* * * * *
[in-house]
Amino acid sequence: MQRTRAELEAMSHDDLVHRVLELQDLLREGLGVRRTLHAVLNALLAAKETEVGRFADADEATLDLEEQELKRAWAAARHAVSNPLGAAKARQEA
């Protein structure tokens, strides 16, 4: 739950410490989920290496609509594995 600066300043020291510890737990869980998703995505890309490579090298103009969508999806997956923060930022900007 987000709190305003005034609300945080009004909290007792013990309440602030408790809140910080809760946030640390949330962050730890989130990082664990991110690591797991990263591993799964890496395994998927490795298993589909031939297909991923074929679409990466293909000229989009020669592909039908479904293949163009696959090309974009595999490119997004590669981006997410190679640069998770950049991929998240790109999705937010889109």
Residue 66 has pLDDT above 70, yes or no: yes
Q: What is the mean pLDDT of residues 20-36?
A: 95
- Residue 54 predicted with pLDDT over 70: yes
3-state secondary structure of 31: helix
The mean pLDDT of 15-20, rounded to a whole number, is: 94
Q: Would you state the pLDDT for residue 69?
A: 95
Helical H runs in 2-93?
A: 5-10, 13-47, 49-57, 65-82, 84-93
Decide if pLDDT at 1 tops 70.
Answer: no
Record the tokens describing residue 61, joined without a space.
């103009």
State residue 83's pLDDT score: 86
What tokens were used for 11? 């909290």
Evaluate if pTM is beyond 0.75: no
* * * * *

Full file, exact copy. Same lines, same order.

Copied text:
[in-house]
Amino acid sequence: MQRTRAELEAMSHDDLVHRVLELQDLLREGLGVRRTLHAVLNALLAAKETEVGRFADADEATLDLEEQELKRAWAAARHAVSNPLGAAKARQEA
């Protein structure tokens, strides 16, 4: 739950410490989920290496609509594995 600066300043020291510890737990869980998703995505890309490579090298103009969508999806997956923060930022900007 987000709190305003005034609300945080009004909290007792013990309440602030408790809140910080809760946030640390949330962050730890989130990082664990991110690591797991990263591993799964890496395994998927490795298993589909031939297909991923074929679409990466293909000229989009020669592909039908479904293949163009696959090309974009595999490119997004590669981006997410190679640069998770950049991929998240790109999705937010889109």
Residue 66 has pLDDT above 70, yes or no: yes
Q: What is the mean pLDDT of residues 20-36?
A: 95
- Residue 54 predicted with pLDDT over 70: yes
3-state secondary structure of 31: helix
The mean pLDDT of 15-20, rounded to a whole number, is: 94
Q: Would you state the pLDDT for residue 69?
A: 95
Helical H runs in 2-93?
A: 5-10, 13-47, 49-57, 65-82, 84-93
Decide if pLDDT at 1 tops 70.
Answer: no
Record the tokens describing residue 61, joined without a space.
């103009």
State residue 83's pLDDT score: 86
What tokens were used for 11? 């909290």
Evaluate if pTM is beyond 0.75: no